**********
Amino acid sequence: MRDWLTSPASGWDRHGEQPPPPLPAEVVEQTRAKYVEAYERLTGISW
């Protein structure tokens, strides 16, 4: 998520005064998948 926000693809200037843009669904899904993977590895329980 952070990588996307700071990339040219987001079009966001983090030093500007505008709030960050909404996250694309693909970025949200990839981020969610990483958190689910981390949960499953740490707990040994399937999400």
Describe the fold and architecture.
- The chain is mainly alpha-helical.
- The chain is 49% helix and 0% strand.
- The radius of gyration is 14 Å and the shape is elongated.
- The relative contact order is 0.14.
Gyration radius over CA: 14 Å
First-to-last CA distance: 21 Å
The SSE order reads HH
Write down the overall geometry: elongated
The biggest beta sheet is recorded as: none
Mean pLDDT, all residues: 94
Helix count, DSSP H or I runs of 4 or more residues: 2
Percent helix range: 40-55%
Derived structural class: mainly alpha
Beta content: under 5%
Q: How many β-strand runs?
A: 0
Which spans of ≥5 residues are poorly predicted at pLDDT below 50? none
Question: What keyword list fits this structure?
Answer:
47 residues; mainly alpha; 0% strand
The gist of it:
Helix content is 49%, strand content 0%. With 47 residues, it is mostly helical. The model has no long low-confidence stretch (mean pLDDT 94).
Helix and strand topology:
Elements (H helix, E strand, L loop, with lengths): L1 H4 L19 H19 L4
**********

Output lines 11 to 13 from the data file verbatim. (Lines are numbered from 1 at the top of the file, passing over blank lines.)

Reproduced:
Write down the overall geometry: elongated
The biggest beta sheet is recorded as: none
Mean pLDDT, all residues: 94